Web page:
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Thanksgiving Food Matters: A half-baked pumpkin shortage, plus restaurants and wine choices

Staff Writer
Austin 360
Join Hoover Alexander and the rest of the Hoover's Cooking family for Thanksgiving dinner between 11 a.m. and 7 p.m. Thursday. Call ahead to these restaurants for reservations.

Give thanks for holiday meals at restaurants

Many Austin restaurants and hotels are offering special meals and pricing for Thanksgiving Day. Here are a half-dozen of them, but you can find many more on Forklore, my restaurant blog at austin360.com/forklore. Many are taking reservations, so call ahead.

Cool River Cafe (4001 W. Parmer Lane. 835-0010, www.coolrivercafe.com): Four-course dinner with soup, salad, turkey with traditional sides and pumpkin or pecan pie. $34.95, $14.95 for children younger than 12. 11 a.m. to 7:30 p.m.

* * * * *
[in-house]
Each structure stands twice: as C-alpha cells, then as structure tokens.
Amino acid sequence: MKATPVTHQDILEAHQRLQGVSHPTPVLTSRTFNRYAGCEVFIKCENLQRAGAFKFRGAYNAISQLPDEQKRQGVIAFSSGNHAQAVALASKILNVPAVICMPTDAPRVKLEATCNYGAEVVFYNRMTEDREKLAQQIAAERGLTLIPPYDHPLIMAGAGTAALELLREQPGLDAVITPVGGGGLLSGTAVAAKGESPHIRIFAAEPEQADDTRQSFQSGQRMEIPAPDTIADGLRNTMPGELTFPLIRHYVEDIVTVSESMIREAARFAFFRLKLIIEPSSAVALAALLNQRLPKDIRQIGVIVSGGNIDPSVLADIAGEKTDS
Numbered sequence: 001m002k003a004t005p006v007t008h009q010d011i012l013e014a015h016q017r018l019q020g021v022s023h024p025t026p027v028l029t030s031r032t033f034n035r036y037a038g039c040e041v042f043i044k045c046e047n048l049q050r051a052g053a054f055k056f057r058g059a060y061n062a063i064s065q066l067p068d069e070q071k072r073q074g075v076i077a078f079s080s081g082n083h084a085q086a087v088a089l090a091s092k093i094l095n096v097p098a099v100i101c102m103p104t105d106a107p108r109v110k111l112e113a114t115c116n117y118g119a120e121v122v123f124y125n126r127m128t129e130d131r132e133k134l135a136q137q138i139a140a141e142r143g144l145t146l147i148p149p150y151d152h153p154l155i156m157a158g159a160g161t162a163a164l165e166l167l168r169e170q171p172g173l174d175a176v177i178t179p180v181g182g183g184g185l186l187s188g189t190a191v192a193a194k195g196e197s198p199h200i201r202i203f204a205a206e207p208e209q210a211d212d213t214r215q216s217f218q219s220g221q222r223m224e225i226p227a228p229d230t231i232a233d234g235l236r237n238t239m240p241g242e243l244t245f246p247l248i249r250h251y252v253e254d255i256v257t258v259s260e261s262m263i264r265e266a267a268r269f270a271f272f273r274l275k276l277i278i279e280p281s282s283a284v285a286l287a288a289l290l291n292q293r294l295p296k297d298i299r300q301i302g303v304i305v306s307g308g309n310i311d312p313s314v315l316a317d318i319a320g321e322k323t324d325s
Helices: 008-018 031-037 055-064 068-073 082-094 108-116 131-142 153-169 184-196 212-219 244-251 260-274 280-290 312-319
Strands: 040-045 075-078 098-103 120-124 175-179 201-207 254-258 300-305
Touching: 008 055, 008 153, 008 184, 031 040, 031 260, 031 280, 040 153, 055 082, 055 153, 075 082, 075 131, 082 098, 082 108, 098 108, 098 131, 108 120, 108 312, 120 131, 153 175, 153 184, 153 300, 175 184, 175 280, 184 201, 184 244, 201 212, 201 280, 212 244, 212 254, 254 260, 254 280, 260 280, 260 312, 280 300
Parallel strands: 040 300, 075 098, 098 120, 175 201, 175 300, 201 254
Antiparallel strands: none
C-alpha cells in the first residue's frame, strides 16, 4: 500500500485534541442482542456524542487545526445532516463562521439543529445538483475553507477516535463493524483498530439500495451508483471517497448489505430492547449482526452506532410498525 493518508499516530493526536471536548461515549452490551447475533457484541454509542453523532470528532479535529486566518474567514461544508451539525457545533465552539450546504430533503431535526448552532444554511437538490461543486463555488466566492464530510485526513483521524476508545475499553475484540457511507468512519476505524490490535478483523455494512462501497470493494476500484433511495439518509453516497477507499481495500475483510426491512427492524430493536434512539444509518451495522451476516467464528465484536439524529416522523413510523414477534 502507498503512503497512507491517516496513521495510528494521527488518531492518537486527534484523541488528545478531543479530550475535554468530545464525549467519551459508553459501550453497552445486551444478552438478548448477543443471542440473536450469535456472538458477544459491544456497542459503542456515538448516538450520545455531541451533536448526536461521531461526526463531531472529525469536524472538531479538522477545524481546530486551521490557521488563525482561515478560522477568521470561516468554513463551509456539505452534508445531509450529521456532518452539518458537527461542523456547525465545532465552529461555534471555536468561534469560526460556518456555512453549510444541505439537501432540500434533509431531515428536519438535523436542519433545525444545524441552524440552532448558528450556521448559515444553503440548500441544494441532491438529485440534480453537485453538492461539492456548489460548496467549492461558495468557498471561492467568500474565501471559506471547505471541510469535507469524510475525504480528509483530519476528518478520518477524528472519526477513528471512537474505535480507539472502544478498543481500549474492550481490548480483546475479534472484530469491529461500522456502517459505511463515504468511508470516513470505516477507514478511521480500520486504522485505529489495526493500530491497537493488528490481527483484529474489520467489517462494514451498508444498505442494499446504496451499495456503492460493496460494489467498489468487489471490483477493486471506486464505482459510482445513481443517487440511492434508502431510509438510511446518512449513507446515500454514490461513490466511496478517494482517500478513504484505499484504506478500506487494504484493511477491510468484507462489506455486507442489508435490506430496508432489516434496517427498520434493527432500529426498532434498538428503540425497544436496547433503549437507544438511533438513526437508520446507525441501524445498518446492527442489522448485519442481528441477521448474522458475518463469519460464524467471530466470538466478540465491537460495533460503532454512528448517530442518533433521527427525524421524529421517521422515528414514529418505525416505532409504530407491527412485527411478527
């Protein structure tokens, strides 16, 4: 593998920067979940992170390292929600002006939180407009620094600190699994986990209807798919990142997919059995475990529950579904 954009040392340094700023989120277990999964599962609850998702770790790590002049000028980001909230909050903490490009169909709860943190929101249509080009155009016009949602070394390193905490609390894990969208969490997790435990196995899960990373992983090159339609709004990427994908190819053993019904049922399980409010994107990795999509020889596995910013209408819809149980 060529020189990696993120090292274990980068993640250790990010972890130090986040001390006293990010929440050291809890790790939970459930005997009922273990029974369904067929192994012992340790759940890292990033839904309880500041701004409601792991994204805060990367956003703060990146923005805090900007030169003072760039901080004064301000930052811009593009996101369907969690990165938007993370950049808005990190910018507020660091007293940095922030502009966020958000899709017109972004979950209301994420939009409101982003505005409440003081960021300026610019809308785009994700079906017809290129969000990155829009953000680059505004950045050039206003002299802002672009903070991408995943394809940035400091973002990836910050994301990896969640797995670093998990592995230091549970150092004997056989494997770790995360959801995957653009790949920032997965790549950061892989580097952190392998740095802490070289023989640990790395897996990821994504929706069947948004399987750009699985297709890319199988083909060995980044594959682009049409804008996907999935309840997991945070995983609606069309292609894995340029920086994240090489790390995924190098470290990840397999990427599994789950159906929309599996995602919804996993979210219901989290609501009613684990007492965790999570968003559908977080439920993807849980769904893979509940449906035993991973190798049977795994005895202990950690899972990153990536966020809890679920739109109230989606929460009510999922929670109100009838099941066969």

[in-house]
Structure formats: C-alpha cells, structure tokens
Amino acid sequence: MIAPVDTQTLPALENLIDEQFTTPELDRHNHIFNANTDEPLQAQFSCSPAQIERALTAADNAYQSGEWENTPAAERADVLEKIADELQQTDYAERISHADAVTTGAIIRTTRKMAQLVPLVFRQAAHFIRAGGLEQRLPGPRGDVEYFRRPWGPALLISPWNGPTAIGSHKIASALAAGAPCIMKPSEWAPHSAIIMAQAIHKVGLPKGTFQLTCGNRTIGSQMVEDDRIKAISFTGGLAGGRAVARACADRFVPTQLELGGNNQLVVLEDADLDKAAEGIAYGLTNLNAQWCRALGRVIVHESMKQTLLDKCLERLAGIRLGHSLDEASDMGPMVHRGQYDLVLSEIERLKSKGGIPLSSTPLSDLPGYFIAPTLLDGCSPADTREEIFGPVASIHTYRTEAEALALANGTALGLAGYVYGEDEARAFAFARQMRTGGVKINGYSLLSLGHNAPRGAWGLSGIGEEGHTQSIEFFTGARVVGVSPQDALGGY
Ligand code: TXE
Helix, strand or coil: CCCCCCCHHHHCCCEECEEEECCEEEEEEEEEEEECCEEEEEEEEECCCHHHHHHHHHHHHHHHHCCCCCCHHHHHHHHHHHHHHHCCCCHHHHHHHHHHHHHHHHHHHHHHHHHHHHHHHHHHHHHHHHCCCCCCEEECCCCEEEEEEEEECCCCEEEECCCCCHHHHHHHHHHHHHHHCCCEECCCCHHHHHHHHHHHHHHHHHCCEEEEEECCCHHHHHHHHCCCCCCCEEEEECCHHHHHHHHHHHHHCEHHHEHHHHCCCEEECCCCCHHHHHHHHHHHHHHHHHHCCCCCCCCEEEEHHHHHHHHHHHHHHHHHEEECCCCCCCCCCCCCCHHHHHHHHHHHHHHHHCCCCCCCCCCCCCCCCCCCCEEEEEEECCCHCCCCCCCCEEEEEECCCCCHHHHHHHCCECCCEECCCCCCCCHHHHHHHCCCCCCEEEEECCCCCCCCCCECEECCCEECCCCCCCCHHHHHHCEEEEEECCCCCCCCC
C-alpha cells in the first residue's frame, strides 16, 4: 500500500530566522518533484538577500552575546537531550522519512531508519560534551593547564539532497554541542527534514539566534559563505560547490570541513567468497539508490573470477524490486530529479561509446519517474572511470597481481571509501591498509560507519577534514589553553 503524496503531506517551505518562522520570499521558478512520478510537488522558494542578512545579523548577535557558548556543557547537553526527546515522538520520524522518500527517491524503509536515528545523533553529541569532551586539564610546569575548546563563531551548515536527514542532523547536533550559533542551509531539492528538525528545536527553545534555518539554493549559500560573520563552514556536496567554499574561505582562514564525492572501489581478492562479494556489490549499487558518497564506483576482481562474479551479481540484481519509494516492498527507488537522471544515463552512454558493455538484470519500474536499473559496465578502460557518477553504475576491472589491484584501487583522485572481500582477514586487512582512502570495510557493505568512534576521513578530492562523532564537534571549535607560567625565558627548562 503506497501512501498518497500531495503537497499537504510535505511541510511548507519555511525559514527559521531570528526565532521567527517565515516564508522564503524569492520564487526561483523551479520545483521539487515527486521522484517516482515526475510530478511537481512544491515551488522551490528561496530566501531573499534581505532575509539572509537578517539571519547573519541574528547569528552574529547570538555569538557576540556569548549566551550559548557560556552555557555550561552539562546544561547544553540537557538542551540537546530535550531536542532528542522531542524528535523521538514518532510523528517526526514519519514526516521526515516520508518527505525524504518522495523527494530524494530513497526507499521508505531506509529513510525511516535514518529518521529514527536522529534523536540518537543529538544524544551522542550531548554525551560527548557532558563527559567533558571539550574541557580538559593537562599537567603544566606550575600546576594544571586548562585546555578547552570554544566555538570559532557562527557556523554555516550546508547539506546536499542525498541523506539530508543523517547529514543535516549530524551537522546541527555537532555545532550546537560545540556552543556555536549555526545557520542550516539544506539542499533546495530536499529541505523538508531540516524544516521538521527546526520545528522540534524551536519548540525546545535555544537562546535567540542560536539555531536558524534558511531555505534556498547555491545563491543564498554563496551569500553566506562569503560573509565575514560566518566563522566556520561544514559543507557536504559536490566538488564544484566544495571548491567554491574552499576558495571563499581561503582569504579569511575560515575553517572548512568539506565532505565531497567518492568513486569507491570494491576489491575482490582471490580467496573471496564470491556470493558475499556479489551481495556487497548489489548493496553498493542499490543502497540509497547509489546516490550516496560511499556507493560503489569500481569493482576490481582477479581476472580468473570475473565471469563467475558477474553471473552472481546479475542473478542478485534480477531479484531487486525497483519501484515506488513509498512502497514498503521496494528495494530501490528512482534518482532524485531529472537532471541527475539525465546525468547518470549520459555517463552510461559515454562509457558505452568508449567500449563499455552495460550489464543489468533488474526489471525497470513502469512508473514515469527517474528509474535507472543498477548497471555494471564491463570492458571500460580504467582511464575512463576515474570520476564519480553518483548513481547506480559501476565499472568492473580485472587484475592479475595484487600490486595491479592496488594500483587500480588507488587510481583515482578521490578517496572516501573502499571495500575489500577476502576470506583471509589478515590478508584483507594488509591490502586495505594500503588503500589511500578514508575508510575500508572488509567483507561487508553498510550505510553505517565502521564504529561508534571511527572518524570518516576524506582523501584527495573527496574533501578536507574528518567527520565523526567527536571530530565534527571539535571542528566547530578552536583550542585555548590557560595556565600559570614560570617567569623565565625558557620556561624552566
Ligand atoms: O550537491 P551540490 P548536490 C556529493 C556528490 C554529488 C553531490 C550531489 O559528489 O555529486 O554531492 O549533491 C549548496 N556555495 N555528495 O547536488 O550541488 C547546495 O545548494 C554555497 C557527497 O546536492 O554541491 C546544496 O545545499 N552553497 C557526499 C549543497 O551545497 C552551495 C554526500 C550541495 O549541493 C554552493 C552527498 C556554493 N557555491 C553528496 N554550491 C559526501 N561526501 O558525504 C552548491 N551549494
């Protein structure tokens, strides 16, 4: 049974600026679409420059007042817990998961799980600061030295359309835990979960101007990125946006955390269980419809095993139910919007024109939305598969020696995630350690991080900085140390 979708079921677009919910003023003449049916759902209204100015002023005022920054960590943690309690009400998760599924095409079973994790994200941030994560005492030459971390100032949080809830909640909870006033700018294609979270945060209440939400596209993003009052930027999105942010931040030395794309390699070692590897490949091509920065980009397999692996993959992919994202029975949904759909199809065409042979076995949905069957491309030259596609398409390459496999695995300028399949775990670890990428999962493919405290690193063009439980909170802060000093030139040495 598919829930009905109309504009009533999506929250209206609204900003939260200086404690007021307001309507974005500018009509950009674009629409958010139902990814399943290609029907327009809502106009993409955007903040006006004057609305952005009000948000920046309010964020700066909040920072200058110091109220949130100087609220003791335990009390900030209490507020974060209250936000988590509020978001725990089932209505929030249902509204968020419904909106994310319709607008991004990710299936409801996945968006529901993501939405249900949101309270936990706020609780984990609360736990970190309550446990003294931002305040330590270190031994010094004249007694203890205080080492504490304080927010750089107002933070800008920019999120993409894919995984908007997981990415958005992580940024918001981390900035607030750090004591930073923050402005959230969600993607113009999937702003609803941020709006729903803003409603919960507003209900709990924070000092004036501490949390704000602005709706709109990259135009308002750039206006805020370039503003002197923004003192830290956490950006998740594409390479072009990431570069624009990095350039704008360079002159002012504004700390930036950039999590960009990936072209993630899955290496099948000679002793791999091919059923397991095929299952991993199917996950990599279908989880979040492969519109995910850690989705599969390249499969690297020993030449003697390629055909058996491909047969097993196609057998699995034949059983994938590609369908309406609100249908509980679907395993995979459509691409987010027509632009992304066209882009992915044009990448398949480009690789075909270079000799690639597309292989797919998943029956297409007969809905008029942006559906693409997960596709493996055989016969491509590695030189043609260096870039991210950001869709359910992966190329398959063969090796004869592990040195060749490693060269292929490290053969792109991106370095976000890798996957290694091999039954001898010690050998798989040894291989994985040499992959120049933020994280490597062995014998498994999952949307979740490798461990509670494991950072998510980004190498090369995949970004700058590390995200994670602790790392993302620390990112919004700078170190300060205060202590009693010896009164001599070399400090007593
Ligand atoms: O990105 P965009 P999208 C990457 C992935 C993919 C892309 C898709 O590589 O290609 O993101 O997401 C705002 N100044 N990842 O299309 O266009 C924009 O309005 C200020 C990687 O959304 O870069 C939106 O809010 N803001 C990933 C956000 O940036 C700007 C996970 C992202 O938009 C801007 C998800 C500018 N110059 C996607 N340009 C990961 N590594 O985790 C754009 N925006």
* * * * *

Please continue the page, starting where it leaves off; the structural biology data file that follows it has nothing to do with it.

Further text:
Hoover's Cooking (2002 Manor Road, 479-5006; 13376 Research Blvd., No. 400, 335-0300, www.hooverscooking.com): Holiday dinner includes one of six entrées — roasted turkey, Cajun pork roast, ham, jerk chicken, smoked sirloin, vegetarian — plus traditional sides. $15.99. 11 a.m. to 7 p.m.

McCormick & Schmick's (11600 Century Oaks Terrace, Suite 100 in the Domain, 836-0500; 401 Congress Ave., 236-9600, www.mccormickandschmicks.com): Three-course turkey dinner with traditional sides and dessert. $22.95. 11 a.m. to 8 p.m. at the Domain, noon to 9 p.m. downtown.

Renaissance Austin Hotel (9721 Arboretum Blvd. 343-2626, www.renaissancehotels.com/aussh): Brunch buffet. $47, $18 for children 5-12, free for children 4 and younger. 10:30 a.m. to 2:30 p.m.